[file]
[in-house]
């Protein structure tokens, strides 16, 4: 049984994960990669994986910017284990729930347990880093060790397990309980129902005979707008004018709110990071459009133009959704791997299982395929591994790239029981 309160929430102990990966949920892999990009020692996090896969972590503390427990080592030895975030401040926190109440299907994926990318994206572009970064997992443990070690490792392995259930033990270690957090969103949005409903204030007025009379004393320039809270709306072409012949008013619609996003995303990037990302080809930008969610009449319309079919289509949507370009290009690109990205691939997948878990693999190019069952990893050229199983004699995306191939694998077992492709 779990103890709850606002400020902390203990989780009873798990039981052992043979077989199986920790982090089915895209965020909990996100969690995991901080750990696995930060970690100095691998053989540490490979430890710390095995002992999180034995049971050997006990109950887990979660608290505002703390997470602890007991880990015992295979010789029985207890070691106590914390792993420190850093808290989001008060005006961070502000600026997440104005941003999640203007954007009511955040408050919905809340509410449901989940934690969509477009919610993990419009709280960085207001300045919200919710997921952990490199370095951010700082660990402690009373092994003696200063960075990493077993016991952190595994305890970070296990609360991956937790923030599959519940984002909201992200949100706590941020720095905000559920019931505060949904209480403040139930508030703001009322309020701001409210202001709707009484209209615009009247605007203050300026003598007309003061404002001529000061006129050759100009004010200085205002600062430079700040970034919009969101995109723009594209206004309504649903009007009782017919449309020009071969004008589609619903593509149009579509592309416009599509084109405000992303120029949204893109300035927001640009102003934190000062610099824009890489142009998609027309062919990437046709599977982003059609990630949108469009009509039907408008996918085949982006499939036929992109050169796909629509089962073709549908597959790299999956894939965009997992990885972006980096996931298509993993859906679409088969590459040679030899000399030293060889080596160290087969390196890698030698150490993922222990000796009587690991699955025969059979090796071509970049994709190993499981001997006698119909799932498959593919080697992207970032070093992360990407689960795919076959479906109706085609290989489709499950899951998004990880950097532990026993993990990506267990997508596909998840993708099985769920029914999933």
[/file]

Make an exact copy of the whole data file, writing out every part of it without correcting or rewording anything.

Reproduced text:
[in-house]
């Protein structure tokens, strides 16, 4: 049984994960990669994986910017284990729930347990880093060790397990309980129902005979707008004018709110990071459009133009959704791997299982395929591994790239029981 309160929430102990990966949920892999990009020692996090896969972590503390427990080592030895975030401040926190109440299907994926990318994206572009970064997992443990070690490792392995259930033990270690957090969103949005409903204030007025009379004393320039809270709306072409012949008013619609996003995303990037990302080809930008969610009449319309079919289509949507370009290009690109990205691939997948878990693999190019069952990893050229199983004699995306191939694998077992492709 779990103890709850606002400020902390203990989780009873798990039981052992043979077989199986920790982090089915895209965020909990996100969690995991901080750990696995930060970690100095691998053989540490490979430890710390095995002992999180034995049971050997006990109950887990979660608290505002703390997470602890007991880990015992295979010789029985207890070691106590914390792993420190850093808290989001008060005006961070502000600026997440104005941003999640203007954007009511955040408050919905809340509410449901989940934690969509477009919610993990419009709280960085207001300045919200919710997921952990490199370095951010700082660990402690009373092994003696200063960075990493077993016991952190595994305890970070296990609360991956937790923030599959519940984002909201992200949100706590941020720095905000559920019931505060949904209480403040139930508030703001009322309020701001409210202001709707009484209209615009009247605007203050300026003598007309003061404002001529000061006129050759100009004010200085205002600062430079700040970034919009969101995109723009594209206004309504649903009007009782017919449309020009071969004008589609619903593509149009579509592309416009599509084109405000992303120029949204893109300035927001640009102003934190000062610099824009890489142009998609027309062919990437046709599977982003059609990630949108469009009509039907408008996918085949982006499939036929992109050169796909629509089962073709549908597959790299999956894939965009997992990885972006980096996931298509993993859906679409088969590459040679030899000399030293060889080596160290087969390196890698030698150490993922222990000796009587690991699955025969059979090796071509970049994709190993499981001997006698119909799932498959593919080697992207970032070093992360990407689960795919076959479906109706085609290989489709499950899951998004990880950097532990026993993990990506267990997508596909998840993708099985769920029914999933």